From an organizational development perspective we as a nation demand strong, capable, leaders and, as a consequence, we get leaders who deny our nation’s vulnerabilities and their own mistakes.

A humble hierarchy organization learns from critics inside and outside the organization. It’s tough to lead a world power from a humble hierarchy stance making it difficult for a world power and its leaders to admit and learn from their mistakes.

Friday, February 09, 2007

Love Machine

Does your nonprofit have smart and friendly systems in place to increase positive interactions between staff?

Philip Rosedale, creator of Second Life, and his company, Linden Labs, have an interesting system in place. They call it the Love Machine. Here's how Rosedale describes it in an Inc. article:
  • We have this thing we built called the Love Machine. The Love Machine allows anyone who works here as a Linden employee to send anyone else a brief note that says "Thank you for doing this for me." There is a little webpage where you can go to send an e-mail, and then you get a little e-mail that says "Love From Philip" in the subject and it's got text in it. Now, you think, what's the big deal about that? Well, all of that stuff goes into a database. Your review carries that. Everybody is sending love to each other. It creates a positive collaborative environment.
  • Most businesspeople communicate in a mostly negative way. If people are encouraged to be entrepreneurs and take risks, they can also become combative and competitive. You have to balance that. So we built the Love Machine for balance.
Rosedale jokes that Linden Labs will someday be more famous for the Love Machine than Second Life.

For those of you who wonder whether a positive work atmosphere is all that important you can check out the work of psychologist Barbara L. Fredrickson, University of Michigan, and mathemetician Marcial F. Losada, Universidade Cato´lica de Brası´lia, whose research shows a ratio of 2.9 positive interactions to 1 negative interaction is associated with flourishing work groups.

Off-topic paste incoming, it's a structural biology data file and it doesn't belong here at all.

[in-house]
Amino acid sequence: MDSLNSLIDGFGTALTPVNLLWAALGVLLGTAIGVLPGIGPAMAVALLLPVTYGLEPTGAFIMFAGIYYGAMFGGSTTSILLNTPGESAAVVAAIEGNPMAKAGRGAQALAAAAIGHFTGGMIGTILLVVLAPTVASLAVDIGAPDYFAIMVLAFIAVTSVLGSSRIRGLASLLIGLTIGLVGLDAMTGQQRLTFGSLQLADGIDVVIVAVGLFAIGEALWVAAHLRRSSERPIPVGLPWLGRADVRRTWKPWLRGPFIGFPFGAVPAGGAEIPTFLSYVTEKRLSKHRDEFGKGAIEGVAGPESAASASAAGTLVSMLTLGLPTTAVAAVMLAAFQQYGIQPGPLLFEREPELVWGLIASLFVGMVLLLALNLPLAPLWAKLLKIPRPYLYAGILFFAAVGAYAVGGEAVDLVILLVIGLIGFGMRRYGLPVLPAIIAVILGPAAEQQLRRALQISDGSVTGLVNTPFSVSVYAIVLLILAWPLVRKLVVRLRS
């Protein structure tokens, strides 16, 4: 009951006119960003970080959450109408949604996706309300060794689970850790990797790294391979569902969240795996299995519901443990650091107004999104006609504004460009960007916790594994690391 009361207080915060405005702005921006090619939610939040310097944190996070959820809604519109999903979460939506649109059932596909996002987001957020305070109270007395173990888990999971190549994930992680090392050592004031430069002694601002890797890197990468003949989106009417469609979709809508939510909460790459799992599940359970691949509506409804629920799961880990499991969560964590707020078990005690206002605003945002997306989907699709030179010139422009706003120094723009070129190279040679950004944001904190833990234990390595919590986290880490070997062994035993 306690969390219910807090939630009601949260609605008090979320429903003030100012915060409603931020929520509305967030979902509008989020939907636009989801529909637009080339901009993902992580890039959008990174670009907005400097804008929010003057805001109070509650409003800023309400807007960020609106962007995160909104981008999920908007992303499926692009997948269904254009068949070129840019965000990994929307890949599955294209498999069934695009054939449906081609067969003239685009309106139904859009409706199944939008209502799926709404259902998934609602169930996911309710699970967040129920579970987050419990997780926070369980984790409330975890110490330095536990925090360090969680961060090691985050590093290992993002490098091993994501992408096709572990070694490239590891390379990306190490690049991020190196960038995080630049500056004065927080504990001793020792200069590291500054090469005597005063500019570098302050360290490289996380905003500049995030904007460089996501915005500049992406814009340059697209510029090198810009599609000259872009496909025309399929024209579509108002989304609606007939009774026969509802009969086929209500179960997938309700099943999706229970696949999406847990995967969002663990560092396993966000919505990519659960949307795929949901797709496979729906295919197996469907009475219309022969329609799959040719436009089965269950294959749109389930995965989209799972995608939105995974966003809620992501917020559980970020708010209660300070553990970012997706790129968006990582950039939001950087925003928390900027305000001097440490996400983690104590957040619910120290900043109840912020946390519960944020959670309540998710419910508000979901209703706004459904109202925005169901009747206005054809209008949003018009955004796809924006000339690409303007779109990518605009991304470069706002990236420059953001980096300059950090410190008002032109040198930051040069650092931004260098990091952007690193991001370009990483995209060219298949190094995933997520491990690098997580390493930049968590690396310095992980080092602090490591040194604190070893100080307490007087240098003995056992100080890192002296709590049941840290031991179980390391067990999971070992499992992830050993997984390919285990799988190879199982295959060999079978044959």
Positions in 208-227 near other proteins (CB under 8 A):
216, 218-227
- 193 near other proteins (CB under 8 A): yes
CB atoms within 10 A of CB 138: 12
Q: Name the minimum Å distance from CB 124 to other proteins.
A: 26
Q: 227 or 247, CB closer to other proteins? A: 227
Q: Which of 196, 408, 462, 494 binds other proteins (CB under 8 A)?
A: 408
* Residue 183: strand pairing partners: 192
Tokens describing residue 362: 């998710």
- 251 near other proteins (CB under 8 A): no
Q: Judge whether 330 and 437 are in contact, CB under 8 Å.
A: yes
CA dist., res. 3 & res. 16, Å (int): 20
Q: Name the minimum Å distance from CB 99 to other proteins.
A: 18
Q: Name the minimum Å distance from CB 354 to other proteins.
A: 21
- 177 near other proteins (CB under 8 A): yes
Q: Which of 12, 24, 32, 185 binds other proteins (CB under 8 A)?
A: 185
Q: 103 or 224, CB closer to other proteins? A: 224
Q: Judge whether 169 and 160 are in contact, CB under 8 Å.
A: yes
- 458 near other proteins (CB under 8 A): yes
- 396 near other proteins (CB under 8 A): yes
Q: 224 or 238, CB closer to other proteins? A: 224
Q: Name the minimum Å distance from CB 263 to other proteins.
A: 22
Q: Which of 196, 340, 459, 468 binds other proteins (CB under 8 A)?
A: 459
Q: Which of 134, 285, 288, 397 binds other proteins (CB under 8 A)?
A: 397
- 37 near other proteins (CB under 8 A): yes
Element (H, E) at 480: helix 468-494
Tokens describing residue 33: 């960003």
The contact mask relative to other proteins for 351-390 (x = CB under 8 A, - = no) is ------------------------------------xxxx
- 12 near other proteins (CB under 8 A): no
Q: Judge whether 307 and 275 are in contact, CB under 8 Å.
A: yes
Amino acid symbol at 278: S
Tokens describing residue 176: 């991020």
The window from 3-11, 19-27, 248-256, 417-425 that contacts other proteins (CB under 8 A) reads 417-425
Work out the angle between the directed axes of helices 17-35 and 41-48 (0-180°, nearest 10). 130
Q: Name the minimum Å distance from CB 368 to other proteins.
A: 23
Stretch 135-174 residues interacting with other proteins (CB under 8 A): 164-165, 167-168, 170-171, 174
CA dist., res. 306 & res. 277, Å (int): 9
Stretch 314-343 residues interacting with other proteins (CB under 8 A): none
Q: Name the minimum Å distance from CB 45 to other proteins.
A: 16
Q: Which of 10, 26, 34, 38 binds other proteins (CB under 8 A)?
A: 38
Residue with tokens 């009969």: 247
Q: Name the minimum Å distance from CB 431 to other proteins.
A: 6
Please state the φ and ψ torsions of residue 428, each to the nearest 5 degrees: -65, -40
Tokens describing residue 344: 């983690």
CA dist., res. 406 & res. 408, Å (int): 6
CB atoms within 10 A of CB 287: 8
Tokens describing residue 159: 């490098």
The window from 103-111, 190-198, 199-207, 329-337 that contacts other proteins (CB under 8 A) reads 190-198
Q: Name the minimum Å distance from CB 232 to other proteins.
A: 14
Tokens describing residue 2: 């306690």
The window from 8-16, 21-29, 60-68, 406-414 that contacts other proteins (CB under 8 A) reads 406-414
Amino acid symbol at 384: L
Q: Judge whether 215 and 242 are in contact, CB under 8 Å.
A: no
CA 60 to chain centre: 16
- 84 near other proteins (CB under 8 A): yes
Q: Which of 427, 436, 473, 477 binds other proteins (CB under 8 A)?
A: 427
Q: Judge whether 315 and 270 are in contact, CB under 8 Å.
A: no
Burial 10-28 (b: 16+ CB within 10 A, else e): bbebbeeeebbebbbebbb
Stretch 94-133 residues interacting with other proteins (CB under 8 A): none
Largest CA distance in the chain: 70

As Frederickson and Losado noted in their review of literature “bad is stronger than good” and you need 2.9 positive interactions for every negative interaction in a work group for the group thrive.

Monday, February 05, 2007

Getting back on the treasure path

Every nonprofit starts based on a mission--who the npo is going to serve and what the transformed lives of those served look like--deep values, and the founding stories of the organization. I call these the markers for the organizations treasure path.

Usually the mission, the values, and the founding story is clear at the beginning. But over time as the organization sets up systems, struggles with changes in the environment and its clientele, and as the npo ages new and often conflicting stories emerge.

Appreciative inquiry can be helpful in getting the organization back on track. Mark Lau Branson has a very helpful summary of AI, "Ten Assumptions of Appreciative Inquiry" in the most recent issue of Alban Weekly. While the article is aimed at an audience of church leaders it's equally applicable to other nonprofits.

Appreciative Inquiry is a good way to help your organization get back on its treasure path.

Thursday, February 01, 2007

Is a little mess part of a smart and friendly system?

My workspace always includes stacks of books and papers. I am blessed to be married to a woman is wonderful, goodhearted, and organized. Usually about once a year before vacation she helps me spend half a day filing etc. And then I slowly but surely make it a mess again.

She survives my home office by declaring that it is not part of the house. Otherwise she'd have the urge to get on my case to straighten it up.

For year's I've felt guilty about the clutter that accumulates in my workspace but, thanks to Perfect Mess: The Hidden Benefits of Disorder: How Crammed Closets, Cluttered Offices, and On-the-Fly Planning Make the World a Better Place by Eric Abrahamson and David H. Freedman I no longer have to feel guilty.

Check out this great Inc. story on why chaos, clutter, disorganization, and on-the-fly decision-making actually are good for your company--and for you.